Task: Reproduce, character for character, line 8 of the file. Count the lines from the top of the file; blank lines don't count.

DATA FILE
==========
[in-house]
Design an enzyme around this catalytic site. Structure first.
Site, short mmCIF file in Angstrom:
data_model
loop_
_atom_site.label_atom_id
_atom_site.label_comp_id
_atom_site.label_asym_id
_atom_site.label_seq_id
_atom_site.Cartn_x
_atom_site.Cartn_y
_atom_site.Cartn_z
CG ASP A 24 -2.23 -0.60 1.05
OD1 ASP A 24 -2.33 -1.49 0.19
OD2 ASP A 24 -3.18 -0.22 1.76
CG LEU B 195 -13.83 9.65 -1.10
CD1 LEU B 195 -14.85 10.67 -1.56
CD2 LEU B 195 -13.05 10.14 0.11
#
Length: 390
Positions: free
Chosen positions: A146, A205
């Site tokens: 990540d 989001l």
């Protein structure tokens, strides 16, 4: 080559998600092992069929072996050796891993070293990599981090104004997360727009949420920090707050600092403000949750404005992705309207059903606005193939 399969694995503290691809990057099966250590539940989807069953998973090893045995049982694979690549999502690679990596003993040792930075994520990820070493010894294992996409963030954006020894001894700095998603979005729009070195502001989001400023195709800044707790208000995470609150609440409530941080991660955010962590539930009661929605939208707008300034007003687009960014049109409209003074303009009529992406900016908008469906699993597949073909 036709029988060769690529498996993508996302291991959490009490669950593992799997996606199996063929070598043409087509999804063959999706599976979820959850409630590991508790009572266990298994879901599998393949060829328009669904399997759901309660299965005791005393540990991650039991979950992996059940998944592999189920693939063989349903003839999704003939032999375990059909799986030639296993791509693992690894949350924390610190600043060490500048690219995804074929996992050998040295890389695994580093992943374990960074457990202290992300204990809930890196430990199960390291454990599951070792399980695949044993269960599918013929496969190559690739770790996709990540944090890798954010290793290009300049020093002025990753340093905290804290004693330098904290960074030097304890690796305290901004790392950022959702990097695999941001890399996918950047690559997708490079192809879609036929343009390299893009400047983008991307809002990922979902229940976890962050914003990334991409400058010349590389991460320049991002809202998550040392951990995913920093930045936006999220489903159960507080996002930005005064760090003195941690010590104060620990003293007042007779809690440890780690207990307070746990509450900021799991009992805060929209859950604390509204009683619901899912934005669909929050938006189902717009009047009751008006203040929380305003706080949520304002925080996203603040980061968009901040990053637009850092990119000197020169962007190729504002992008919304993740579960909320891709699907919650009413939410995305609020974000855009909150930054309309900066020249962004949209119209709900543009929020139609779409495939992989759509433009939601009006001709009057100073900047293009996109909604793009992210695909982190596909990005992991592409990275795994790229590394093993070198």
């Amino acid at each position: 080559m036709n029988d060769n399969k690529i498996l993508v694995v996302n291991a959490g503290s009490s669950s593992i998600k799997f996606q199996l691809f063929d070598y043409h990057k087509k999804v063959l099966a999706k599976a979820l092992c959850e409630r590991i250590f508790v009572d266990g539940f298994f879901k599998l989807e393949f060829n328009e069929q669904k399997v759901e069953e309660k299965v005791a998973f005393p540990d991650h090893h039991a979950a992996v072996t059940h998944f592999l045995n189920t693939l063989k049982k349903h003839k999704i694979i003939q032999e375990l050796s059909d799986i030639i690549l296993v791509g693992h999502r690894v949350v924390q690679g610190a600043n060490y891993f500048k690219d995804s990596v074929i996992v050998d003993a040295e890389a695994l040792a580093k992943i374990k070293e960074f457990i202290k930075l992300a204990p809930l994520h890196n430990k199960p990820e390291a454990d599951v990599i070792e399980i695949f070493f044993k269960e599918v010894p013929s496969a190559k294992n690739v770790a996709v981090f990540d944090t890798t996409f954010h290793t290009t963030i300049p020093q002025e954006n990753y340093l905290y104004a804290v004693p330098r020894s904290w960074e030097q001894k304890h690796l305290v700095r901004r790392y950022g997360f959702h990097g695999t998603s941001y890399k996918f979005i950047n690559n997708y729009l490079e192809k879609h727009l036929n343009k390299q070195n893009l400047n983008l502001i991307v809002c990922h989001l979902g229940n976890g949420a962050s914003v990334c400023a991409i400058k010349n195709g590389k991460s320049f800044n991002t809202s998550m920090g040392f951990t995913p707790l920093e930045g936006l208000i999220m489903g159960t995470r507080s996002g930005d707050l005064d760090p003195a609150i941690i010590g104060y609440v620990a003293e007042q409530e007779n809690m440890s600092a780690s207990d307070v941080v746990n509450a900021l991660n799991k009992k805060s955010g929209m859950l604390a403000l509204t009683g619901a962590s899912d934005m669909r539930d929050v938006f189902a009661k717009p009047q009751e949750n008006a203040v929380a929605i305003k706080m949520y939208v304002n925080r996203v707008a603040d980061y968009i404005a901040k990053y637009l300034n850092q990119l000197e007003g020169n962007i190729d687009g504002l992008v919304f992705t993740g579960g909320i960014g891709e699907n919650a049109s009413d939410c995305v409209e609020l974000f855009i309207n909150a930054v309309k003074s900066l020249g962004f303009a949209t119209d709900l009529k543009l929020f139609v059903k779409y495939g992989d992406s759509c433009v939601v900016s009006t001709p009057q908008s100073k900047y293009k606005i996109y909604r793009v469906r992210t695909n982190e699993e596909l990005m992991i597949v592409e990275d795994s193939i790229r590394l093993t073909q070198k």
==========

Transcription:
_atom_site.label_asym_id